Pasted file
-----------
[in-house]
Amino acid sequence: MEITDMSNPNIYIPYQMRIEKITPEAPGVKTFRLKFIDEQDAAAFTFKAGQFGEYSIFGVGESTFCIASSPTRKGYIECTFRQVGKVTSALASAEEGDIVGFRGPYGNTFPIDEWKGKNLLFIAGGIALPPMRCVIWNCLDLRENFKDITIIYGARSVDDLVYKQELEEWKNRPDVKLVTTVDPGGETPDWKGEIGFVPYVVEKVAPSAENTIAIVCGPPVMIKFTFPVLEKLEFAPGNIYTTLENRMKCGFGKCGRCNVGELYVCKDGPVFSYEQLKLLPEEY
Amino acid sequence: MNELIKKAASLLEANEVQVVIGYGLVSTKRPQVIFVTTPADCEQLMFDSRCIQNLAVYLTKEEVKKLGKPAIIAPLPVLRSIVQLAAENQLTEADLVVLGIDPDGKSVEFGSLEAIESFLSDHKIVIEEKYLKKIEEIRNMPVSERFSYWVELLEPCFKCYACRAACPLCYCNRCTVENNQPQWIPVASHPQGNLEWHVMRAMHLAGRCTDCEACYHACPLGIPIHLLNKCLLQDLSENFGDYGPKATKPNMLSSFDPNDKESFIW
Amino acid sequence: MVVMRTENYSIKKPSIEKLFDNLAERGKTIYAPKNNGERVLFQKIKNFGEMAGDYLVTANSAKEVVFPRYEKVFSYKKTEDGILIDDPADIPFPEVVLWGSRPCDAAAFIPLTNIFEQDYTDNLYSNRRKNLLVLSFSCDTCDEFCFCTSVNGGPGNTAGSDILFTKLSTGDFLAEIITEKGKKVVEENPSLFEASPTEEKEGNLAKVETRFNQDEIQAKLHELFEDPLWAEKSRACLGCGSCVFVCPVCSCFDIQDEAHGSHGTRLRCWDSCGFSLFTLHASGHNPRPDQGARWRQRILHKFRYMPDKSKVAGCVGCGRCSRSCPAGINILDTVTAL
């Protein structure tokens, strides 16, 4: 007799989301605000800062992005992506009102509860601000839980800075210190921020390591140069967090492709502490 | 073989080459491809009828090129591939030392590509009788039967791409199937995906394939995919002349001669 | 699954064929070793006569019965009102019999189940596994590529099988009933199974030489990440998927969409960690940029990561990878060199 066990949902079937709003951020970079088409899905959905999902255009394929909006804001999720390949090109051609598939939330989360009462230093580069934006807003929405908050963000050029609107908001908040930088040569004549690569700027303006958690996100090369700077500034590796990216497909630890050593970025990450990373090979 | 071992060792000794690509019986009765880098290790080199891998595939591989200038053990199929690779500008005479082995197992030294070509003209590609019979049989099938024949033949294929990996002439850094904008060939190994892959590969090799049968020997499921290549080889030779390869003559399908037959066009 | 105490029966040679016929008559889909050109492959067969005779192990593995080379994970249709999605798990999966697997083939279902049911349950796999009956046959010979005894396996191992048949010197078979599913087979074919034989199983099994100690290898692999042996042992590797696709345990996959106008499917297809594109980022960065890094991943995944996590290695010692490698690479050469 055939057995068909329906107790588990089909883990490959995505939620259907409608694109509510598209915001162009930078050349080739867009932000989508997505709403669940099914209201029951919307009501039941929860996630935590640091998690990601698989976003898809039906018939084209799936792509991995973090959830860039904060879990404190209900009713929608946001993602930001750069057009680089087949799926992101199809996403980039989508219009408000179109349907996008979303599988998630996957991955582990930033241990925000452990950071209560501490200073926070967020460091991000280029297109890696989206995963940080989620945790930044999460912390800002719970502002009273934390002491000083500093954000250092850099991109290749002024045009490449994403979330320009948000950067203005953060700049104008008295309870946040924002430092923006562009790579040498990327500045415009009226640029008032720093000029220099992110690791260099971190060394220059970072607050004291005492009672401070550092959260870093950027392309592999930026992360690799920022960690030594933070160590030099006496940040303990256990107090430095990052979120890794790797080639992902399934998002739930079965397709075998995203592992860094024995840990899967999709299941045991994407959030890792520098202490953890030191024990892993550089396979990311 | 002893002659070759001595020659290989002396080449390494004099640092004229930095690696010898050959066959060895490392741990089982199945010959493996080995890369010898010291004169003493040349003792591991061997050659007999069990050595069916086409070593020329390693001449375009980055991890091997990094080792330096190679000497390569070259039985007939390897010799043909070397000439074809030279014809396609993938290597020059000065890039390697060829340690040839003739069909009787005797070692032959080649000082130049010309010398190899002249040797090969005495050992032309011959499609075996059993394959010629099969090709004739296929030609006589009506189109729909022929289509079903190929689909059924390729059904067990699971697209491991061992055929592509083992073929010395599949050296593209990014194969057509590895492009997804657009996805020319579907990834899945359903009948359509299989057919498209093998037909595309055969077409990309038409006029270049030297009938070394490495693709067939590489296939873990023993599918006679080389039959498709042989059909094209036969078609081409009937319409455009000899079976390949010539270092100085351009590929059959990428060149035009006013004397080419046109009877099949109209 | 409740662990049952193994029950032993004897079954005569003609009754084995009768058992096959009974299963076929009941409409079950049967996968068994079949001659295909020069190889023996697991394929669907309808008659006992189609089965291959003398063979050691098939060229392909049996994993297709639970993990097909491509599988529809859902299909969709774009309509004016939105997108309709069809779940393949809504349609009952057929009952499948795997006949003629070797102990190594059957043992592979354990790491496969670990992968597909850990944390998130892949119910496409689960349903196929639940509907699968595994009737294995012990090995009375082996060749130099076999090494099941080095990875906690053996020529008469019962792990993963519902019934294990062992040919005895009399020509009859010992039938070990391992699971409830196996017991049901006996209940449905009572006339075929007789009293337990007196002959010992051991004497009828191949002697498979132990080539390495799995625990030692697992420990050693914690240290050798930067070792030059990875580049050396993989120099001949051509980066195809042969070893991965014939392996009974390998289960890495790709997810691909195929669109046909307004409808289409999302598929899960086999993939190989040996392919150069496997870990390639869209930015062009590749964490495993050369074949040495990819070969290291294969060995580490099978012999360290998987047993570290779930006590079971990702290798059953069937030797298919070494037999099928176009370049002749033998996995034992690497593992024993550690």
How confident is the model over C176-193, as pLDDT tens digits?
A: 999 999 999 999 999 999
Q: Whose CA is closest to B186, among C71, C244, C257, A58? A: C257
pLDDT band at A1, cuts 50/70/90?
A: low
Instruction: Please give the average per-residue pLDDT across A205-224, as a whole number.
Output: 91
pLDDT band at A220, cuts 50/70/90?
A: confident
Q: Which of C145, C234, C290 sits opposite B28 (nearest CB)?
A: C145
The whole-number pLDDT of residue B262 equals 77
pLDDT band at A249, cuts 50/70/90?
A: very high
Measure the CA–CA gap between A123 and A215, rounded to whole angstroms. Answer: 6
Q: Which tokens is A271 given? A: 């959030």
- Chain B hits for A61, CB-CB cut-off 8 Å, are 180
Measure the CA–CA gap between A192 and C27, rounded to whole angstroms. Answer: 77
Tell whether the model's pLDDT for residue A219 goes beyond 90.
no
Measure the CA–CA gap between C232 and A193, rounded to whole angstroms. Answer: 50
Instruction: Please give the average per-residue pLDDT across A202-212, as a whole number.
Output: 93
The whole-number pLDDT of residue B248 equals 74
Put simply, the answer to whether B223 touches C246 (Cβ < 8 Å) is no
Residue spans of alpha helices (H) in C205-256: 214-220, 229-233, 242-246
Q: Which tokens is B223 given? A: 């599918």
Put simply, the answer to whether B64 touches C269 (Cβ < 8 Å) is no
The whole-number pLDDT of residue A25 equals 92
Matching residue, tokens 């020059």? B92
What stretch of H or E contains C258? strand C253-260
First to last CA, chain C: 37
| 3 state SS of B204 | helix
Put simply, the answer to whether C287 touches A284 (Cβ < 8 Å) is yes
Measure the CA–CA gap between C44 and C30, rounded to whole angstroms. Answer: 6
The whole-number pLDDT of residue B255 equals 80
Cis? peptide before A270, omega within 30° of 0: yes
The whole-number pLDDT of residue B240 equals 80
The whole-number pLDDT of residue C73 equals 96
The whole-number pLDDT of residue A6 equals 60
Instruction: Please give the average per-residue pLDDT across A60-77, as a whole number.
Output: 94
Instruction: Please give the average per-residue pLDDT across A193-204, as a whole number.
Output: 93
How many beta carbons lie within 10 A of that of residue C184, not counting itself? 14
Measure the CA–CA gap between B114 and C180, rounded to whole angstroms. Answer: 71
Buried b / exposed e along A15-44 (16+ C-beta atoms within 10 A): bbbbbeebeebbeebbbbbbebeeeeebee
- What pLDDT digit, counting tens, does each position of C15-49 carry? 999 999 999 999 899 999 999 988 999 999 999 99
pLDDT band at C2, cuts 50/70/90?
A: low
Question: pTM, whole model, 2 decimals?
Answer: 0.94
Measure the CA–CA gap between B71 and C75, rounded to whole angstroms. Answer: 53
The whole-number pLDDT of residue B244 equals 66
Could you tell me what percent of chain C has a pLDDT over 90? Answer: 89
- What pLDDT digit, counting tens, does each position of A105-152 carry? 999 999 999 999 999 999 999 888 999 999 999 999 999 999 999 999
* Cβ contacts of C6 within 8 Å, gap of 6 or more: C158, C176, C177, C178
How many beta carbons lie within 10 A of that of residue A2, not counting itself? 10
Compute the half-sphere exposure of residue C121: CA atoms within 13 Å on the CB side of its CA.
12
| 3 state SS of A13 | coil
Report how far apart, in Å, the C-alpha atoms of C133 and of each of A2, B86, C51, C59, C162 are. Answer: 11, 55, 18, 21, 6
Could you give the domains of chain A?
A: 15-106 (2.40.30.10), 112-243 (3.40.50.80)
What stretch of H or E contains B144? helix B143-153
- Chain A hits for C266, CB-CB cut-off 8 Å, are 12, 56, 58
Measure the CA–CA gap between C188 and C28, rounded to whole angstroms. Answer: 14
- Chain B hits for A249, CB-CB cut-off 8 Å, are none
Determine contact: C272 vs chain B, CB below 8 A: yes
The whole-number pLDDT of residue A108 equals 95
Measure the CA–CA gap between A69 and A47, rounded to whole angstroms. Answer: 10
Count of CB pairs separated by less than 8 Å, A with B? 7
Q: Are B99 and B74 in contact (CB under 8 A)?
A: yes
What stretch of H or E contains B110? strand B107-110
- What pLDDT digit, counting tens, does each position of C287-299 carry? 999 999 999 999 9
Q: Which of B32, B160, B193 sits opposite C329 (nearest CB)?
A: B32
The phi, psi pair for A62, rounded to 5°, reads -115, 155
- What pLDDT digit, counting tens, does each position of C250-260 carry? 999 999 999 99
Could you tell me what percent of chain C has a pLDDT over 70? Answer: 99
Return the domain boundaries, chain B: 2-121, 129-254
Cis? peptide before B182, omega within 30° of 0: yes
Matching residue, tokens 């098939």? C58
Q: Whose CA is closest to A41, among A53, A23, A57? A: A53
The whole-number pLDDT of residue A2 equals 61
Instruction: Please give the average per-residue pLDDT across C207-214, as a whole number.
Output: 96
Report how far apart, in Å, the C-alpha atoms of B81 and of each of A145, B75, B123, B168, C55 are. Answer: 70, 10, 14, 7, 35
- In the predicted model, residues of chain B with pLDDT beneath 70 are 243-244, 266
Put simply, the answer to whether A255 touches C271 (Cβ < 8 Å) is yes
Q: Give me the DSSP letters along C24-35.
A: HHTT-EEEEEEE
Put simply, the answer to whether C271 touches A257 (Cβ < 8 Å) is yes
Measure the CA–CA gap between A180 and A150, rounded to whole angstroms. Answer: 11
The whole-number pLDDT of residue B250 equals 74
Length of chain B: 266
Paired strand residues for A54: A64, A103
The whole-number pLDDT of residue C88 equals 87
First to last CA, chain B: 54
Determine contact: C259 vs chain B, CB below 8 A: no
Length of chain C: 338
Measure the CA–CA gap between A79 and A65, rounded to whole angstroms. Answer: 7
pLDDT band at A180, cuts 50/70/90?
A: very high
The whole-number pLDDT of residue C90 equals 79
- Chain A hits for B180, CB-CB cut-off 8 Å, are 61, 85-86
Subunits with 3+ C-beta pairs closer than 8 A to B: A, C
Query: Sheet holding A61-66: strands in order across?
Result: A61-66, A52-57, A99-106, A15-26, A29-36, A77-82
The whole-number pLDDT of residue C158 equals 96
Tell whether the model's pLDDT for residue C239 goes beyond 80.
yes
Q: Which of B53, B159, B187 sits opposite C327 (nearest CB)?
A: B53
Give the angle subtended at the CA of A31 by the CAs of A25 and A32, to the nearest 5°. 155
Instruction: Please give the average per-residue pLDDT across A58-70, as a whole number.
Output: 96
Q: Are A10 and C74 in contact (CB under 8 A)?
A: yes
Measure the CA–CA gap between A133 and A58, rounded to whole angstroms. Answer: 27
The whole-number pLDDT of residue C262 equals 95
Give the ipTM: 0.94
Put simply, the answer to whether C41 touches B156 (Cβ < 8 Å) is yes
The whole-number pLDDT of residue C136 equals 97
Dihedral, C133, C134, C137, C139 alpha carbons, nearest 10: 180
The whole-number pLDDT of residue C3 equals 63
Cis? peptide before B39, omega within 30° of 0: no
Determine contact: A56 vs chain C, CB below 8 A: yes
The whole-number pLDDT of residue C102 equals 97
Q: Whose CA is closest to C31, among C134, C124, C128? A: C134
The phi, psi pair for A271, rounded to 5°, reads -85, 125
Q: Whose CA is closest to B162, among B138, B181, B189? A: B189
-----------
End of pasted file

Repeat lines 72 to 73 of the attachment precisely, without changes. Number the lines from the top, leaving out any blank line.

Measure the CA–CA gap between C188 and C28, rounded to whole angstroms. Answer: 14
- Chain B hits for A249, CB-CB cut-off 8 Å, are none